His next 'gig' will be in
Rudy, a Halifax senior, will perform at
NMEA All-National Concert Band Festival
By Duane Good, EDITOR
students balk at practicing a musical
When Brennan Rudy first
acquired a trumpet in fourth-grade, he
didn’t want to stop.
“I couldn’t put the horn
down,’’ he recalled. ‘‘Physically, I
wasn’t used to it, so my lips would
bleed from playing so much.’’
Now a senior at Halifax
Area High School, the son of Steve and
Donna Rudy has been reaping many fruits
from those early days of long practices
and bloody lips.
Having earned All-State
honors as a junior for his musical
talent, Rudy will perform in Nashville,
Tenn. next week as a member of the NAFME
(National Association For Music
Educators) All-National Concert Band
Playing second trumpet, he will join
approximately 150 other high school musicians
from throughout the United States to present a
concert on the stage of the Grand Ole Opry House
Wednesday, Oct. 29.
Rudy is the first Halifax Area High School band
member to earn a national-level honor and will
be the only trumpet player from Pennsylvania in
the festival group. He will audition for his
chair position once he reaches Nashville.
Rudy qualified to audition for the all-national
group based on his selection to the PMEA
(Pennsylvania Music Educators Association)
All-State Wind Ensemble earlier this year.
“I didn’t expect to accepted (to the national
group) because a lot more people audition,’’ he
said. ‘‘I didn’t think there was much chance.’’
As excited as he was to make All-State honors,
Rudy is even more thrilled to be playing with
other students musicians from across the nation.
‘‘It’s definitely inspiring to be able to meet
other people who are just as involved in music
as I am,’’ he said.
Praise from his teachers. Already planning to
seek a career in music performance, Rudy
believes that from the beginning, he and the
trumpet were a match.
‘‘I knew when I was in fourth-grade that I
wanted to play an instrument,’’ he said. ‘‘I saw
the trumpet and said, ‘I want to play that,’
and I’ve never played anything else since.’’
While appreciating the prominent role trumpet
plays in many band and orchestral arrangements,
Rudy also enjoys performing for another reason.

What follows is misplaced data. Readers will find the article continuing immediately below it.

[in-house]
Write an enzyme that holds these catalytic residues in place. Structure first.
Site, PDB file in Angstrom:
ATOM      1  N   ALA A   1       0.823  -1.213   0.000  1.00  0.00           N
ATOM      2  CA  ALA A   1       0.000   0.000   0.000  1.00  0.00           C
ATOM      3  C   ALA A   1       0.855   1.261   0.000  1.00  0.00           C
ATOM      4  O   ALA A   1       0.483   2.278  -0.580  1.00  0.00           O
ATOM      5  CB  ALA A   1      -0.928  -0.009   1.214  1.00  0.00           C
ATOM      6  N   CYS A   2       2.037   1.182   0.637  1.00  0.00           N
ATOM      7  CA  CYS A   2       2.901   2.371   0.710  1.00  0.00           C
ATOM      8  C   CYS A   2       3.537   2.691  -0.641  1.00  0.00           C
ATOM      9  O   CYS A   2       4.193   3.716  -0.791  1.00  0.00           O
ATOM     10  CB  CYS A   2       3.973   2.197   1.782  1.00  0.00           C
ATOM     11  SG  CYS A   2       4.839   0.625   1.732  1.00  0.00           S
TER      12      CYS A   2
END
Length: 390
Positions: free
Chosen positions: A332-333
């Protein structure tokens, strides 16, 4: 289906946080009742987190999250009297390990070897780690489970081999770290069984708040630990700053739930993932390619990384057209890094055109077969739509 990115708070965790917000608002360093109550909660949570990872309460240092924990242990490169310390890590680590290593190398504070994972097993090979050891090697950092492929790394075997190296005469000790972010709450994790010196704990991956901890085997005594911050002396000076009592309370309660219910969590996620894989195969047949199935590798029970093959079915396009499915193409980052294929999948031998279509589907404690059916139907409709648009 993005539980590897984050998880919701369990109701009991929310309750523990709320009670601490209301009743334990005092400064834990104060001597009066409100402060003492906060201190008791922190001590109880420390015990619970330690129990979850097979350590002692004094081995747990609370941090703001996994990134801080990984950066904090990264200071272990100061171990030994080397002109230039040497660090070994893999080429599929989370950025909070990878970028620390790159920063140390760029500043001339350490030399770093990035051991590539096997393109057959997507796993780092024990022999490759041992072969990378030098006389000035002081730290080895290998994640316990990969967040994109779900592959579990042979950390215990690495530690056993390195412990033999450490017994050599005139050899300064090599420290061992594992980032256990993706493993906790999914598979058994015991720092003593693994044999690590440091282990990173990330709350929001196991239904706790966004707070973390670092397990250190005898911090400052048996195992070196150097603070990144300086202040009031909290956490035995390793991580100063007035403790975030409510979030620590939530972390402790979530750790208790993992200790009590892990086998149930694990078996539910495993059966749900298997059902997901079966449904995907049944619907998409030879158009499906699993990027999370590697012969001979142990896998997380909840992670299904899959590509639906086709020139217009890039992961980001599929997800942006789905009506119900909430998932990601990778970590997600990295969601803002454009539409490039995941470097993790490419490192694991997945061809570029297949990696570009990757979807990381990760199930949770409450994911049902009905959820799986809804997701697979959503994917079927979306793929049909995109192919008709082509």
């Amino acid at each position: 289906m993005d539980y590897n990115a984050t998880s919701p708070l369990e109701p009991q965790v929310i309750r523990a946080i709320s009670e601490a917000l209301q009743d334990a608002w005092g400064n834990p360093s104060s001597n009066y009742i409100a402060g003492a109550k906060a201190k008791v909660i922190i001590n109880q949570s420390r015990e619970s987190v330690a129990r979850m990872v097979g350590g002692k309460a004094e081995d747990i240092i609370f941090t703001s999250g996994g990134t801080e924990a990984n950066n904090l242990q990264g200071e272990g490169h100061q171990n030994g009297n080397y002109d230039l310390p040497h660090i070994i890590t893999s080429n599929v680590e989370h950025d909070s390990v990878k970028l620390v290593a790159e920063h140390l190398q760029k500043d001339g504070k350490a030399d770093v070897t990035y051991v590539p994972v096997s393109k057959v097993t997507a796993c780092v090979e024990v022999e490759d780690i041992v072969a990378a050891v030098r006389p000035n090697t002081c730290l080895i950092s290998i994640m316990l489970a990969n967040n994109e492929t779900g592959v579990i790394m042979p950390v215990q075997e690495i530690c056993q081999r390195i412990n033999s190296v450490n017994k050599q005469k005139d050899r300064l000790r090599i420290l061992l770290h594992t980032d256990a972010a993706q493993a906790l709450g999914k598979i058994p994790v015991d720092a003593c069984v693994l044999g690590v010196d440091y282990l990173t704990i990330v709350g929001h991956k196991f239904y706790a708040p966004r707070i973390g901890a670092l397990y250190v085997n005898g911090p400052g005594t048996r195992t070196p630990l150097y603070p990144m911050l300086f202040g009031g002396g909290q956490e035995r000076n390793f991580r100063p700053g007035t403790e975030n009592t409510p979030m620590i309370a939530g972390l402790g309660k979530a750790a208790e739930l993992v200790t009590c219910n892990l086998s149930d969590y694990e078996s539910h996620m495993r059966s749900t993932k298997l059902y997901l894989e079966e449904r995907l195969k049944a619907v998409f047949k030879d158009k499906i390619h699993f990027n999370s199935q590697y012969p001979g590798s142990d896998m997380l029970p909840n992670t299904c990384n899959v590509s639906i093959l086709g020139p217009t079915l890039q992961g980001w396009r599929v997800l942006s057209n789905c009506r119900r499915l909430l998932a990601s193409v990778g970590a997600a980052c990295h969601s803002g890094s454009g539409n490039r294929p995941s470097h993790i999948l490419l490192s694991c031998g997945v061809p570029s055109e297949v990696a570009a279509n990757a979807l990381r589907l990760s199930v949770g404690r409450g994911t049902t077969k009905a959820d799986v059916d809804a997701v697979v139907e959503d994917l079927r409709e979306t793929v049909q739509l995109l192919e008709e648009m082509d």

‘‘I can express myself in a way other than just
talking to people,’’ he said.
Rudy’s enthusiasm for
trumpet made an impression on Amy Schade,
Halifax’s elementary instrumental music
instructor and high school marching band
‘‘Brennan was in
fifth-grade when I began working at
Halifax (2007-08 school year) and at the
age, he was a really committed student
who really loved playing the trumpet,’’
she recalled. ‘‘He never forgot a band
lesson and would look for any excuse to
come down to play and practice, even
throughout middle school when other kids
sart to find other interests.
challenge in playing was learning to
count rhythms and it was really amazing
to see him finally ‘get it,’ ’’ she
‘‘A student like Brennan
really keeps you on your toes as a music
teacher. It’s been really fun to help
him progress and watch him come into his
own as a musician,’’ Schade said.
For high school concert band director Traci
Aunkst, it’s equally been a pleasure to have
Rudy in the fold.
‘‘A lot of kids are technically good on their
instruments, but he has the musiciansship, the
emotion and the communication on top of it,’’
Aunkst said, praising ‘‘the way (Rudy) expresses
himself and the beautiful tone and sound he has
on the trumpet.’’
As an underclassmen, Rudy – at Aunkst’s
suggestion – began taking private lessons with
Bill Perbetsky, who recently retired from the
Susquehanna Twp. School District as a music
“He was shy and quiet at first, but I’ve come to
see a side of him that’s driven to be the best
he can be on trumpet,’’ Perbetsky said. “He is a
hard worker who, if you give him something to
do, he gets it done.”
Perbetsky said Rudy began taking lessons not
long after auditioning, but not qualifying for
the PMEA District Band.
‘‘I explained to him that there was a process
(in successfully reaching district and other
band festivals) and that if he was willing to do
what needs to be done, he’ll accomplish that and
a lot more,’’ he stated.
Rudy not only represented Halifax at districts
his junior year; he also reached the regional
event as well. On that basis, he auditoned for
All-State Wind Ensemble and was awarded a seat
for the festival, held in Harrisburg in late
Like Aunkst, Perbetsky praised Rudy’s
musicianship (“I’ve never had a student with a
sound like that,’’ he said) as well as his
‘‘He’s worked very hard, and I’m very proud of
him.’’ he said.
‘‘A lot of options.’’ Rudy continues to practice
daily for at least an hour a day and said he
uses the time to keep refining his skills.
‘‘With regular practice, you develop a
routine,’’ he said. ‘‘You can form a base and
say, ‘I want to work on this.’ After awhile, it
builds on itself,’’ he said.
Among the trumpeters he looks to for inspiration
are Harry James (1916-83), the well-known ‘‘big
band’’ leader; and the members of the Canadian
He also tries to provide and encouragement to
fellow musicians in the marching and concert
bands and hopes his achievements will inspire
other Halifax students to do their best
While continuing to encourage Rudy as a student,
Aunkst also is trying to help him find the right
school – he said he would prefer a music
conservatory if possible – after he graduates in
‘‘He has a lot of options coming his way,’’ she
As life after high school draws closer, Rudy
said that whenever he asks himself why he is
choosing a music-performance career – perhaps in
a Broadway pit orchestra, a small ensemble or
even a symphony – he remembers back to what drew
him to the trumpet in the first place.
‘‘It causes me to think about why music inspires
me and what I love about it,’’ he said.